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Apple’s ‘Find My…’ tool leads Thai police to gang hideout

Apple’s ‘Find My…’ tool leads Thai police to gang hideout

Apple’s “Find My iPhone, iPad, and Mac” tool enables anyone with an iCloud account to figure out where they left their device, or where a thief has taken it. Assuming the proper features are enabled, the account will provide a map showing where exactly the gadget is located, aiding in recovering the device. The feature was recently used to track down a stolen iPad mini in Thailand, and it happened to take Thai police to a gang hideout, leading to a few arrests.

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Brazil targets zika virus with smelly, mosquito-killing billboards

Brazil targets zika virus with smelly, mosquito-killing billboards

Brazil, epicenter of the growing zika virus outbreak, is now home to a pair of billboards that smell like sweaty humans and exist merely to lure mosquitoes to their death. The billboard — the kind that is placed on a city sidewalk — emits a mixture of carbon dioxide and lactic acid aromas to mimic the scent of human sweat, attracting mosquitos from as far away as 2.5km. It is called, appropriately enough, the Mosquito Killer Board, and it was created by ad agencies NBS and Posterscope. Even better, blueprints for the board have been released for free.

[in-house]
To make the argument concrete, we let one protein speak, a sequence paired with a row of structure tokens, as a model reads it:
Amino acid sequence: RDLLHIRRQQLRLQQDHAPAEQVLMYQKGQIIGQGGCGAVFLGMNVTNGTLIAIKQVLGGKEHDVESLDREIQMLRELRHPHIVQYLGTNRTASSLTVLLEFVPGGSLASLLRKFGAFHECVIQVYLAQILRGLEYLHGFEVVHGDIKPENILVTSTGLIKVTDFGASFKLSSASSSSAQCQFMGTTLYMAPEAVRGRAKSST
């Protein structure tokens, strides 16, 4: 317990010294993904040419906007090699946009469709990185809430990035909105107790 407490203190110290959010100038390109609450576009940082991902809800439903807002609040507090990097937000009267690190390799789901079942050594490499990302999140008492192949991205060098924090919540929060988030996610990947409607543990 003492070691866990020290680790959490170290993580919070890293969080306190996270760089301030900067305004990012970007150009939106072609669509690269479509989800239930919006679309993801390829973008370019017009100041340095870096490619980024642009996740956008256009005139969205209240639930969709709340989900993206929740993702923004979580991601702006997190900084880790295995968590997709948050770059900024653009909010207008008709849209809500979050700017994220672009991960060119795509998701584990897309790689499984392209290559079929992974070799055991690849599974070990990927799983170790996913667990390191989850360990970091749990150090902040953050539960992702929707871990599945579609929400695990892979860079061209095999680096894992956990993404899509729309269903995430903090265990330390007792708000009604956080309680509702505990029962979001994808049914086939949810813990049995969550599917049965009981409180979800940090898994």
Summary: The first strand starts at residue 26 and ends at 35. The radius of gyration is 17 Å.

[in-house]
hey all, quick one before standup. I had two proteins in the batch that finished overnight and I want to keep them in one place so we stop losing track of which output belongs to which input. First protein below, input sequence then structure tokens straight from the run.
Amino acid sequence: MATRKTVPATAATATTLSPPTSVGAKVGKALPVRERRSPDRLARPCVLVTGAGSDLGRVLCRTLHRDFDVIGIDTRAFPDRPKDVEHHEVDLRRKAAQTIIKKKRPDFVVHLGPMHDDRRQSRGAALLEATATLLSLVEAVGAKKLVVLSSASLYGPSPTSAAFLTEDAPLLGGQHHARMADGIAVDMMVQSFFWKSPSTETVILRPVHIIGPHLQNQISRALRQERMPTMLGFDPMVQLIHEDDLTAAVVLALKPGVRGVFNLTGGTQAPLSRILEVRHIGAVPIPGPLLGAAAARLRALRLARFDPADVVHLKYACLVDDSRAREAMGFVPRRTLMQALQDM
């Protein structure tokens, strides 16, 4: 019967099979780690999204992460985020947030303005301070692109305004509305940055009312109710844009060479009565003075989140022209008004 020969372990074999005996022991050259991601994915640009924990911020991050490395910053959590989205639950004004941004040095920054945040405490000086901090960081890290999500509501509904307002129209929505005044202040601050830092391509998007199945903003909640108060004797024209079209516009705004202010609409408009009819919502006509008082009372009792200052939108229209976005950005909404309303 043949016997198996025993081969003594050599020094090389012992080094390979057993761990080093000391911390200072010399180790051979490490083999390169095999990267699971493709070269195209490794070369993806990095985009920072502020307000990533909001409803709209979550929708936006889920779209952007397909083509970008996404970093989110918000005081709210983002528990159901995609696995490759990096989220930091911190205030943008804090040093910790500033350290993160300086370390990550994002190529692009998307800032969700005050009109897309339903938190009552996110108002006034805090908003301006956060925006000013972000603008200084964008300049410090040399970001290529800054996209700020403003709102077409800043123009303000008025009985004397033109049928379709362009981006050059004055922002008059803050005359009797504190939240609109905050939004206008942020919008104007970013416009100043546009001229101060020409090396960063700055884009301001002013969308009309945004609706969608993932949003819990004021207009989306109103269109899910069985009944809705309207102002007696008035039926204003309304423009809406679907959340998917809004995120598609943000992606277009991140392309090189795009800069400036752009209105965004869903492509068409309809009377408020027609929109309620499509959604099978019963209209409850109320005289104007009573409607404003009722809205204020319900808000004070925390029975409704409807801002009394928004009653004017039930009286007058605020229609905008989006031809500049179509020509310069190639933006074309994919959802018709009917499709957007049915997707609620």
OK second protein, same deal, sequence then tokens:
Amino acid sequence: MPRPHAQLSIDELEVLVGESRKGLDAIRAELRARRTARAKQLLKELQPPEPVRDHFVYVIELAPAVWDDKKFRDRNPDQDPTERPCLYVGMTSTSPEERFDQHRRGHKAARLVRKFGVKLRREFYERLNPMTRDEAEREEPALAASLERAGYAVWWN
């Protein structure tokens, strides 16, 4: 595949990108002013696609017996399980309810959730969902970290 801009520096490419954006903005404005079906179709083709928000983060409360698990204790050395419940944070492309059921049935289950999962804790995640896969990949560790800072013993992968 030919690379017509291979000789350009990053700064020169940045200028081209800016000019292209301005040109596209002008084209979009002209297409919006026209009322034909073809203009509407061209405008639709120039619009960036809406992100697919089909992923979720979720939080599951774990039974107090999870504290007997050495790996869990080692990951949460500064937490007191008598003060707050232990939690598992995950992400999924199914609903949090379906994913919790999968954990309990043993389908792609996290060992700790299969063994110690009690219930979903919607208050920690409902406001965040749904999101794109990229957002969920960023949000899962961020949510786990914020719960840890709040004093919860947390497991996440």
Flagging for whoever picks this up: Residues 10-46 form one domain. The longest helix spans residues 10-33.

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Snapchat excuses Bob Marley lens as 4/20 reaches its end

Snapchat excuses Bob Marley lens as 4/20 reaches its end

Today's 4/20, as you know, and I probably don't have to explain what that means. As expected, social media is filled with photos showing off a certain activity...and, unfortunately, awkward Snapchat photos featuring Bob Marley's likeness. Internet goers were quick to criticize the lens, which the company hasn't formally associated with 4/20, but is all wink wink about it. Still, despite the day's worth of public lashing, Snapchat has excused the filter with a canned statement.

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Study suggests monkeys crossed the ocean 21 million years ago

Study suggests monkeys crossed the ocean 21 million years ago

The discovery of seven small fossilized teeth led to a surprising revelation: 21 million or so years ago, Panamacebus transitus monkeys crossed 100 miles or more of ocean to travel from South America to North America, doing so at a time when the two weren’t connected together by land. The fossilized teeth were found during excavations at the Panama Canal, and pose bigger questions than they answer.